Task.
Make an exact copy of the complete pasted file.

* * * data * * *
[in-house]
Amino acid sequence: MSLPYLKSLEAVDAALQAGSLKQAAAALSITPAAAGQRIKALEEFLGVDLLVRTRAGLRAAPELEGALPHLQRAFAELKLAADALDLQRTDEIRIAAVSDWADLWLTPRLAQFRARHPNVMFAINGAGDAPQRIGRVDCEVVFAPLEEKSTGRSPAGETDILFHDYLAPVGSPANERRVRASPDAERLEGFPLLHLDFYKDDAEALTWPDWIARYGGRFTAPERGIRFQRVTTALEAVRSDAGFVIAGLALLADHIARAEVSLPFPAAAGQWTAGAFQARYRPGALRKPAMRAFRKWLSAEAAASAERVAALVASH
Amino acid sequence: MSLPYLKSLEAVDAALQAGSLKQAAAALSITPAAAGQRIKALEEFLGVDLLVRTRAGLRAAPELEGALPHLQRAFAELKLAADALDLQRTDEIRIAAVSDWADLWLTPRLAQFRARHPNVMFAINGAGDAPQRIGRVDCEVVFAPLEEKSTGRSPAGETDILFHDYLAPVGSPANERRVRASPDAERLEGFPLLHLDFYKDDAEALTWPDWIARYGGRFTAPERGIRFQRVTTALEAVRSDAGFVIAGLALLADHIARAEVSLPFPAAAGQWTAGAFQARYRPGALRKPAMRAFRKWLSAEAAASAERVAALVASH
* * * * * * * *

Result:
[in-house]
Amino acid sequence: MSLPYLKSLEAVDAALQAGSLKQAAAALSITPAAAGQRIKALEEFLGVDLLVRTRAGLRAAPELEGALPHLQRAFAELKLAADALDLQRTDEIRIAAVSDWADLWLTPRLAQFRARHPNVMFAINGAGDAPQRIGRVDCEVVFAPLEEKSTGRSPAGETDILFHDYLAPVGSPANERRVRASPDAERLEGFPLLHLDFYKDDAEALTWPDWIARYGGRFTAPERGIRFQRVTTALEAVRSDAGFVIAGLALLADHIARAEVSLPFPAAAGQWTAGAFQARYRPGALRKPAMRAFRKWLSAEAAASAERVAALVASH
Amino acid sequence: MSLPYLKSLEAVDAALQAGSLKQAAAALSITPAAAGQRIKALEEFLGVDLLVRTRAGLRAAPELEGALPHLQRAFAELKLAADALDLQRTDEIRIAAVSDWADLWLTPRLAQFRARHPNVMFAINGAGDAPQRIGRVDCEVVFAPLEEKSTGRSPAGETDILFHDYLAPVGSPANERRVRASPDAERLEGFPLLHLDFYKDDAEALTWPDWIARYGGRFTAPERGIRFQRVTTALEAVRSDAGFVIAGLALLADHIARAEVSLPFPAAAGQWTAGAFQARYRPGALRKPAMRAFRKWLSAEAAASAERVAALVASH